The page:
best as money, time and ingenuity could manage.
yes, my original 'snow walker' was done in 1968 for United States Steel. It was definitely
'copied' as an articulation model for the Imperial Snow Walker machines.
If you raise an idea or a 'style' set far enough above the average, it will establish
its own 'style.' This is what has happened with the BLADE RUNNER phenomenon. As one of the
BLADE RUNNER creative team that accomplished this, I am very complimented.
RD You were also working on Disney's Tron
when you joined the Blade Runner team. How much different was it for you
working on the more organic look of Blade Runner from working on the smooth
tech looking Tron?
SM The two movies are, obviously, completely different; in
style, in story, in the entire theatrical intent. It is a mystery to me why someone will
say (they've said it) "well, Mead has this dark, mechanical view of...ya da, ya
da." Of course, working on BLADE RUNNER and TRON simultaneously makes that opinion
completely invalid. Comments like those are made by producers and others who don't have
any idea of what constitutes creativity. Many creative people are subjected to this kind
of naive 'type casting' all through their careers. BLADE RUNNER was in pre-production for
about eight months, without even being funded for full production! TRON was a studio,
on-lot production from the start at Disney. The director, Steven Lisberger, had previous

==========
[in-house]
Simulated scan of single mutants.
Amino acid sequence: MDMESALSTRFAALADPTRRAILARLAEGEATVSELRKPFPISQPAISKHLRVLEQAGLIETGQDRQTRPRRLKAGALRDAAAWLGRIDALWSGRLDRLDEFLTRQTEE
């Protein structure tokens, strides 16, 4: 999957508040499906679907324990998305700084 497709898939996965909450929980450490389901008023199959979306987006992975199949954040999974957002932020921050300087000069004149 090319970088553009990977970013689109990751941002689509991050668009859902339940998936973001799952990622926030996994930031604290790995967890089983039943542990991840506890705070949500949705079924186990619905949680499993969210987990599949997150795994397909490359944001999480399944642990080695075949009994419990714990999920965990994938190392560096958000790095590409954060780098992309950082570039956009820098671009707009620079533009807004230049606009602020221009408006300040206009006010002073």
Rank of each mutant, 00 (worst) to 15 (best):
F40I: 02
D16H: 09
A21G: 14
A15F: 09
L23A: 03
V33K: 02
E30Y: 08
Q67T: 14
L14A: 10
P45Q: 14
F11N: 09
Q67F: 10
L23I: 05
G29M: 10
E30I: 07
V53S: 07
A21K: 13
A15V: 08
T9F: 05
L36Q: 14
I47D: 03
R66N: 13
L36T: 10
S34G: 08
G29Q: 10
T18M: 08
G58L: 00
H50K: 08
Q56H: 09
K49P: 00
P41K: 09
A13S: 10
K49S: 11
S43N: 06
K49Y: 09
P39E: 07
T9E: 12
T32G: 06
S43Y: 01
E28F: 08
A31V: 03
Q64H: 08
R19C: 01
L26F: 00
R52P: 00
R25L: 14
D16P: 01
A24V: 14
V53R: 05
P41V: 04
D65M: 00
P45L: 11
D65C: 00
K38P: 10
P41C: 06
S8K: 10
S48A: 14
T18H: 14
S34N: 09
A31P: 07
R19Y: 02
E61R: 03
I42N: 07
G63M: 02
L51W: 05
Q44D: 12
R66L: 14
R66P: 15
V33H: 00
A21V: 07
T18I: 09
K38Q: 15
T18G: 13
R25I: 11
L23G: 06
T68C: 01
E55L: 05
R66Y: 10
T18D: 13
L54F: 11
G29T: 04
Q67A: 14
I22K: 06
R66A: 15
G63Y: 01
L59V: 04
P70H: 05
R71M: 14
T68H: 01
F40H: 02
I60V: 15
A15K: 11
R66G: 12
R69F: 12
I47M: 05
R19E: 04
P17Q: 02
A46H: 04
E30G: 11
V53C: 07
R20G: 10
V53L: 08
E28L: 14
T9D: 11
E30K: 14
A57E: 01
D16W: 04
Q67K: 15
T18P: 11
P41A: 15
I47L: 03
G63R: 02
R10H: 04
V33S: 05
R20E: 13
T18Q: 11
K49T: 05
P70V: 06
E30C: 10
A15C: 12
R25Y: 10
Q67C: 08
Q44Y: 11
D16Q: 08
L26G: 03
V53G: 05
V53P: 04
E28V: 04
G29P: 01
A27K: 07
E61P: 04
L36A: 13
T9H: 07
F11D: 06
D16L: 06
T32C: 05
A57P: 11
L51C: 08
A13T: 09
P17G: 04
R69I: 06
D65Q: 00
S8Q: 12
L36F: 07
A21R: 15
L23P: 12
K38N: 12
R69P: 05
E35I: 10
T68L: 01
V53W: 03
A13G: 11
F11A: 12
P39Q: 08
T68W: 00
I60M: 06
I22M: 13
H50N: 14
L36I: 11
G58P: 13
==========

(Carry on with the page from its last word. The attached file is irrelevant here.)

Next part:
designs and artwork which I was hired to replace, or re-vamp. After I finished work on
TRON, I went back into the BLADE RUNNER process with David Dryer and finished the matte
painting preliminaries for Doug Trumbull's SFX facility in Marina Del Rey. Besides all of
this, I was going back and forth to Europe for consumer design projects, and finishing
architectural illustration contracts for architects in New York, Texas and Chicago.
RD How was it working with Mr. Trumbull on Blade
SM I really didn't 'work' with Doug Trumbull. Actually, I
was working one on one with Ridley first, Lawrence Paull second, Dave Snyder
third...Trumbull was workilng for Ridley.. Since then, I have had several visits with
Doug, and we both have a great liking and a great admiration for each other's abilities.
RD What were some of the inspirations you used to
create the buildings, vehicles, and props for Blade Runner?